If it is bad news, my only direct advice is to avoid platitudes - sayings that have no meaning because we've heard them a thousand times before. If you do have limited time with him, he'll want to talk about something meaningful. So "act normally", but don't act normal, if you know what I mean. Be normal. And don't deliberately avoid the subject, unless he doesn't want to talk about it.

You said that you can break down in private, but don't hold back your emotion from your dad. Sure, he will want to see that you are being strong and believe that you can cope without him, but you don't want to hide your feelings from him in a way that looks like you are indifferent. Your dad may want a final opportunity to comfort you and tell you that you will be okay.

Finally regarding your issue with people wanting to be with you while you get the results - I don't really have any direct experience of that, but it sounds a bit X-Factor, people wanting to stand around holding hands while an envelope is opened waiting to cheer or cry. I don't think I would want that either. If somebody offers this to you, perhaps you could say:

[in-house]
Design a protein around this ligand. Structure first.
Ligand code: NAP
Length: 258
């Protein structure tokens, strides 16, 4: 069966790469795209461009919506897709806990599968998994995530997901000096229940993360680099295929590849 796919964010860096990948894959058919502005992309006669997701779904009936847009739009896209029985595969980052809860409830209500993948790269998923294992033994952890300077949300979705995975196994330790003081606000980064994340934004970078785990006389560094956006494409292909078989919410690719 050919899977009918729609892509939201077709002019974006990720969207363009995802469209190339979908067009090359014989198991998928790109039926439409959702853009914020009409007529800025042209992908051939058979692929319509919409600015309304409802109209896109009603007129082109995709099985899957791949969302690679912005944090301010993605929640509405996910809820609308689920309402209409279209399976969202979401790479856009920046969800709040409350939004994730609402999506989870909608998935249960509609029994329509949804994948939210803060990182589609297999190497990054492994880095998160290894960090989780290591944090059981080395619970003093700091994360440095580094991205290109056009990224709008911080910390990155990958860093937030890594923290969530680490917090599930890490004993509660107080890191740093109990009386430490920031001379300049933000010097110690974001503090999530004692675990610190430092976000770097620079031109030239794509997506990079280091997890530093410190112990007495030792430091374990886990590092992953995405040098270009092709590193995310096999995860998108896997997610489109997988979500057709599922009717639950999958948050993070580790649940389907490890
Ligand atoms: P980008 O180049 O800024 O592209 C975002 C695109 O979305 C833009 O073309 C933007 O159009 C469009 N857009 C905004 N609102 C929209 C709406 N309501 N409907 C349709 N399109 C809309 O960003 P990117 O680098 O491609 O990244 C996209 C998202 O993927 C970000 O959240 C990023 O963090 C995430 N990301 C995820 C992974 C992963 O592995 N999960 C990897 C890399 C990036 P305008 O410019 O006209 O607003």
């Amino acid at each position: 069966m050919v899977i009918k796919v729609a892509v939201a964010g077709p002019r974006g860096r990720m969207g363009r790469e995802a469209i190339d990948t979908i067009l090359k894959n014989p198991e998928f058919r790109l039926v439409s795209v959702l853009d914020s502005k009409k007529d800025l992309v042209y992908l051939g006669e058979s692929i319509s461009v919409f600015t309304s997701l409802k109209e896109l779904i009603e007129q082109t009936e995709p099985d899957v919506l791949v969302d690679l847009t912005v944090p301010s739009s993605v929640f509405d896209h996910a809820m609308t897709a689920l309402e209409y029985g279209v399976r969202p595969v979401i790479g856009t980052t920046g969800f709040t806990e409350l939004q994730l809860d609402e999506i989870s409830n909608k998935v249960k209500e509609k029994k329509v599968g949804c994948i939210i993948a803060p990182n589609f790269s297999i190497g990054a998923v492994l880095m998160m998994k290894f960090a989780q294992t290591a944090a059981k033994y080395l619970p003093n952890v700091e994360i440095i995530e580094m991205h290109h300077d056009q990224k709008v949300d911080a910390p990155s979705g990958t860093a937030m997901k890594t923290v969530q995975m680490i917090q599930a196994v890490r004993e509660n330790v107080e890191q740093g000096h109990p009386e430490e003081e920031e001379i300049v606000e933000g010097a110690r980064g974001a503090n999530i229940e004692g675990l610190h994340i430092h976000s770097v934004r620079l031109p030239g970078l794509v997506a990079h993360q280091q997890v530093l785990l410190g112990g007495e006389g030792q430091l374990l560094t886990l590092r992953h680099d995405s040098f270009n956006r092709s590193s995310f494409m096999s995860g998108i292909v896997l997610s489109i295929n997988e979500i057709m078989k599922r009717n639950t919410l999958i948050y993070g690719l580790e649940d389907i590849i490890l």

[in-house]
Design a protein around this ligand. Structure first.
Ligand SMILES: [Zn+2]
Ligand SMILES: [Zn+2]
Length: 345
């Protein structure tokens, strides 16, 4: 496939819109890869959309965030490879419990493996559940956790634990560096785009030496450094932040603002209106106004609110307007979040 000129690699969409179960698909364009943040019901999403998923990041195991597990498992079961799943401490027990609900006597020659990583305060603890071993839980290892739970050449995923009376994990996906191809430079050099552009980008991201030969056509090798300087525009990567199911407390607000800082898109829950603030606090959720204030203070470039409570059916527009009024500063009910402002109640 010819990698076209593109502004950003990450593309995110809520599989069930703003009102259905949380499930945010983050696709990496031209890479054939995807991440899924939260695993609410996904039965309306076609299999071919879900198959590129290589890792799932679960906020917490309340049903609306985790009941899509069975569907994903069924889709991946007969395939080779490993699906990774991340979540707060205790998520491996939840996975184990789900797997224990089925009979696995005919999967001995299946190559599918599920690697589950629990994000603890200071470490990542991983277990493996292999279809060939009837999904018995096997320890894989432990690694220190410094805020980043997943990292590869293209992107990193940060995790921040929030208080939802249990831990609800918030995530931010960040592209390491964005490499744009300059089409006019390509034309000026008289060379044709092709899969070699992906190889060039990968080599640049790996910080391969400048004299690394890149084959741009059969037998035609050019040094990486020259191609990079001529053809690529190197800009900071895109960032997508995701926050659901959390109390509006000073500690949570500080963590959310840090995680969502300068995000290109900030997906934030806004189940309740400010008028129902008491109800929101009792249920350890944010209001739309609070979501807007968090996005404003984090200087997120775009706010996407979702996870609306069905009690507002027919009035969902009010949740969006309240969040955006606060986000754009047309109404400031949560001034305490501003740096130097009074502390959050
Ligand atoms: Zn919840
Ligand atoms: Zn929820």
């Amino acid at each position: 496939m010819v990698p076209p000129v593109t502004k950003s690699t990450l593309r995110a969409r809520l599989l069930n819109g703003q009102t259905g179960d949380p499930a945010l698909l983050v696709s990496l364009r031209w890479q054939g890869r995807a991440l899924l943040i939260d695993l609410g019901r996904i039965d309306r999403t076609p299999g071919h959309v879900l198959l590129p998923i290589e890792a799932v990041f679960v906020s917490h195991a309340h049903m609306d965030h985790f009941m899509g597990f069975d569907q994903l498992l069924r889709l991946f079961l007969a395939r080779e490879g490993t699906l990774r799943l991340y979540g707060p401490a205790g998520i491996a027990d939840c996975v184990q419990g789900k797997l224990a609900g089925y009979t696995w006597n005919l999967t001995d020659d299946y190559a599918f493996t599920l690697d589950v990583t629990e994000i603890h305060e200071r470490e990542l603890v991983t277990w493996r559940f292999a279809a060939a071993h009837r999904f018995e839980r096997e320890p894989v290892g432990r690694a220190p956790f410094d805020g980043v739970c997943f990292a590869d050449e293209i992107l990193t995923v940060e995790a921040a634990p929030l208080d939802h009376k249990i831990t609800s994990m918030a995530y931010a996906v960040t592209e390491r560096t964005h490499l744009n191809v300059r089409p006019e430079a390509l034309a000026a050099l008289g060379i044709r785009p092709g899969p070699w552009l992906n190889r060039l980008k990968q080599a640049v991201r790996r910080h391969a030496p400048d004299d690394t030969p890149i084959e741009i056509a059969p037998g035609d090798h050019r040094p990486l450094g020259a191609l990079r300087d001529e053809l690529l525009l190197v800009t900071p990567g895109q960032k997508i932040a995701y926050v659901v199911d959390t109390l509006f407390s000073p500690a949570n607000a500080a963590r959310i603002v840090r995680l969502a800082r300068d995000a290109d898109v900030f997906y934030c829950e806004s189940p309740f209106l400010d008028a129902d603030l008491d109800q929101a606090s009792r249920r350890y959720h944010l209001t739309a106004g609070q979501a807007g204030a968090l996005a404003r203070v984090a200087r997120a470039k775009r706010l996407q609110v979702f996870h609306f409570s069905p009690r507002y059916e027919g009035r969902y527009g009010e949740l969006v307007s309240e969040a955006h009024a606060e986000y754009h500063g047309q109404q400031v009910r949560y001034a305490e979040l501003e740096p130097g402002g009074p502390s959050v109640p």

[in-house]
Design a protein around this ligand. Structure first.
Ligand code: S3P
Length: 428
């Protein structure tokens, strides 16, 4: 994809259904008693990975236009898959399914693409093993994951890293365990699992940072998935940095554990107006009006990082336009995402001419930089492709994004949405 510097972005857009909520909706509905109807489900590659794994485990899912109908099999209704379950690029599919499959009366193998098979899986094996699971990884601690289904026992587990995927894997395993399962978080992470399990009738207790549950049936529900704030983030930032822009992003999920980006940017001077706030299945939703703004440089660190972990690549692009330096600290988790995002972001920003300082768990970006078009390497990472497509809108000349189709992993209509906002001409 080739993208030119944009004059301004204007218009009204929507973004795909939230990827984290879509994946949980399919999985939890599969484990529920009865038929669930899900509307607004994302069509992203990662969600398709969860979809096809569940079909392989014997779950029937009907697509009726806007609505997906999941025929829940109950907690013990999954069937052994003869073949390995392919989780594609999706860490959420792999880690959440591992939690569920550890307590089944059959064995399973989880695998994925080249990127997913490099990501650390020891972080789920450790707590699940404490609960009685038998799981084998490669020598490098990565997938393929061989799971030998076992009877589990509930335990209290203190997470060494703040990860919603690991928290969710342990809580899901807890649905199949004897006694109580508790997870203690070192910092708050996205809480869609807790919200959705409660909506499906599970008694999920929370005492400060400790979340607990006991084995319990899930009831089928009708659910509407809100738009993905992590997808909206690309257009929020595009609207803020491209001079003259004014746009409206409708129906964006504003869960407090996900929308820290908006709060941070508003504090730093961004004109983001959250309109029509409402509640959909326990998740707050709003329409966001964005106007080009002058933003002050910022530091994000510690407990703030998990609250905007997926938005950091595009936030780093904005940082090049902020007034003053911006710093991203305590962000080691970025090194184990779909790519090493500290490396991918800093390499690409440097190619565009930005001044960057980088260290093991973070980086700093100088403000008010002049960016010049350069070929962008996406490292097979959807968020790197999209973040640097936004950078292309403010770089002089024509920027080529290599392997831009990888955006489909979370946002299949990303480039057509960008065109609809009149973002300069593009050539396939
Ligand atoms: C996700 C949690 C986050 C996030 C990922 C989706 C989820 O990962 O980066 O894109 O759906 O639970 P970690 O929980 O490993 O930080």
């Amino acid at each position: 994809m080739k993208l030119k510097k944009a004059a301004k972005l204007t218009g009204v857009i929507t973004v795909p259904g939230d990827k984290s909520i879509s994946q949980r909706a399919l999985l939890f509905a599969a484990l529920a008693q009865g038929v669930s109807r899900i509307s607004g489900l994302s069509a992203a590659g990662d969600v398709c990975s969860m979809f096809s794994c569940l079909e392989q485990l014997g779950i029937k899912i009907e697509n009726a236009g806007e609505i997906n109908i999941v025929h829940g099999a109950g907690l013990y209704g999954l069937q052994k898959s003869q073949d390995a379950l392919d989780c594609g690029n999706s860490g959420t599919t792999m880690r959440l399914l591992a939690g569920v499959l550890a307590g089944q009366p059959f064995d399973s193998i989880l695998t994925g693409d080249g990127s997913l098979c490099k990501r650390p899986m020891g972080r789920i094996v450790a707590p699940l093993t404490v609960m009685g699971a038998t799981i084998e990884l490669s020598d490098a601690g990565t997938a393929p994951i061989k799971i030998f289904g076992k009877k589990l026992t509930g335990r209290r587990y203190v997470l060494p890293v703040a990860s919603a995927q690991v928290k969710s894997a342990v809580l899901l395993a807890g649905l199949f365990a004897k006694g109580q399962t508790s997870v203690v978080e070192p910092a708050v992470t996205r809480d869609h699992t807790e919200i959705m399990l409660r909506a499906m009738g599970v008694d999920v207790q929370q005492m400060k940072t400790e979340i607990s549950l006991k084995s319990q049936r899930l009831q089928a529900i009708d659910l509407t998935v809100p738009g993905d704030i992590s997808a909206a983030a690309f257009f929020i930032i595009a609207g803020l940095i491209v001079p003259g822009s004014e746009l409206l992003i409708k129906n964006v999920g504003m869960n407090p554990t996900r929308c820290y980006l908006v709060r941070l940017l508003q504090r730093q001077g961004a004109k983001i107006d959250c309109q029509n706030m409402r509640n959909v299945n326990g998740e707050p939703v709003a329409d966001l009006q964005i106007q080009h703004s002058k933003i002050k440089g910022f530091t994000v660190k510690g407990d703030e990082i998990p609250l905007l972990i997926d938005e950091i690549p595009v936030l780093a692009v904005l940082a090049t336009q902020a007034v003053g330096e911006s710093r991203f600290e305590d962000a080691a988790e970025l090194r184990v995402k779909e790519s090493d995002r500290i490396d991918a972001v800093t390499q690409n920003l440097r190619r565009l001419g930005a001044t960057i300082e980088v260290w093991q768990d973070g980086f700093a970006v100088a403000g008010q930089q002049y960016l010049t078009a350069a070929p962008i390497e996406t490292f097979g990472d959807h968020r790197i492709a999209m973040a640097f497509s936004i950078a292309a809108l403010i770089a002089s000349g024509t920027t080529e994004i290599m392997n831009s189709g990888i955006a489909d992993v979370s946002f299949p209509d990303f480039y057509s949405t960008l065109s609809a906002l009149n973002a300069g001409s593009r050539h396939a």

Thank you, I may need your support afterwards, but for now I feel this should be about me supporting my dad.

All the best at this difficult time.

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    Thank you, your words are helpful, you've suggested how i could act after the fact, which I hadn't yet considered. When we've had the news broken to us in the past, you could see it was hard for him, but he managed to stay composed whilst telling us. I don't mean to hide my feelings about the situation from him completely, or never cry, just more try and find a way to stay strong for him during the initial telling of the results. I'm sorry to hear about your Mum, fingers crossed for the best of outcomes. Commented Apr 18, 2018 at 10:51
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    @VioletFlare I realise that I haven't answered the second part of your question, I don't think that was there during the edit. I have a thought, I'll add it in.
    – Astralbee
    Commented Apr 18, 2018 at 12:08